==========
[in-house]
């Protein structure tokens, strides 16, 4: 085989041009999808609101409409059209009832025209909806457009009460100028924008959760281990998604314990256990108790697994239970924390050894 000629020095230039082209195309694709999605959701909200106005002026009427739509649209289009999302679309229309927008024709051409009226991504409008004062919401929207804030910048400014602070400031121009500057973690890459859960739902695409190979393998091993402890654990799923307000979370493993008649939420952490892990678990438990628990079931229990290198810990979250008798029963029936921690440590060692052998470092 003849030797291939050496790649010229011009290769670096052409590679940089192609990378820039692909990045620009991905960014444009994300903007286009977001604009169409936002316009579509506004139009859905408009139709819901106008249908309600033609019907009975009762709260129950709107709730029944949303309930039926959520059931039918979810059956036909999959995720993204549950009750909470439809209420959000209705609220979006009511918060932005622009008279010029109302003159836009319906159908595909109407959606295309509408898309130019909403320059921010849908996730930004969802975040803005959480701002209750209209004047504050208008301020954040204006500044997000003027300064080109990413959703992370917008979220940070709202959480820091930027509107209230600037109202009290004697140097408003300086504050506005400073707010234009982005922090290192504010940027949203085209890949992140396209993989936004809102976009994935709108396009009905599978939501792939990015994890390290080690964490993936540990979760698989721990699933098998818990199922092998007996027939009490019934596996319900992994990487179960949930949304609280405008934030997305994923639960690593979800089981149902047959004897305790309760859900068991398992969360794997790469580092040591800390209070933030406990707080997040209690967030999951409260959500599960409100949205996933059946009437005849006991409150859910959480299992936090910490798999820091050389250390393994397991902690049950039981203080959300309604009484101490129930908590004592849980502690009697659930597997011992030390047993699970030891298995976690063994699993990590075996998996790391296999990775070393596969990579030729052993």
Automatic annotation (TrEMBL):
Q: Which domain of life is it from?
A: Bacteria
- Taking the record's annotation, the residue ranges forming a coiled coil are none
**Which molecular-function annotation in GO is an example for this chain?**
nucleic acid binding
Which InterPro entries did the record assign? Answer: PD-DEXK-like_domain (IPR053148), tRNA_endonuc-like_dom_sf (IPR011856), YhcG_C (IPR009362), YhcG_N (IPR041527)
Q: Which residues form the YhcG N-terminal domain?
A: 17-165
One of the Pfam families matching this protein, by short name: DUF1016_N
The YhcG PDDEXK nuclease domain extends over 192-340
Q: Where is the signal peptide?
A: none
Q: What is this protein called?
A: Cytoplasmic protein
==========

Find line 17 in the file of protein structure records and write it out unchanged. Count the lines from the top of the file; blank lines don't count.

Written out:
A: Cytoplasmic protein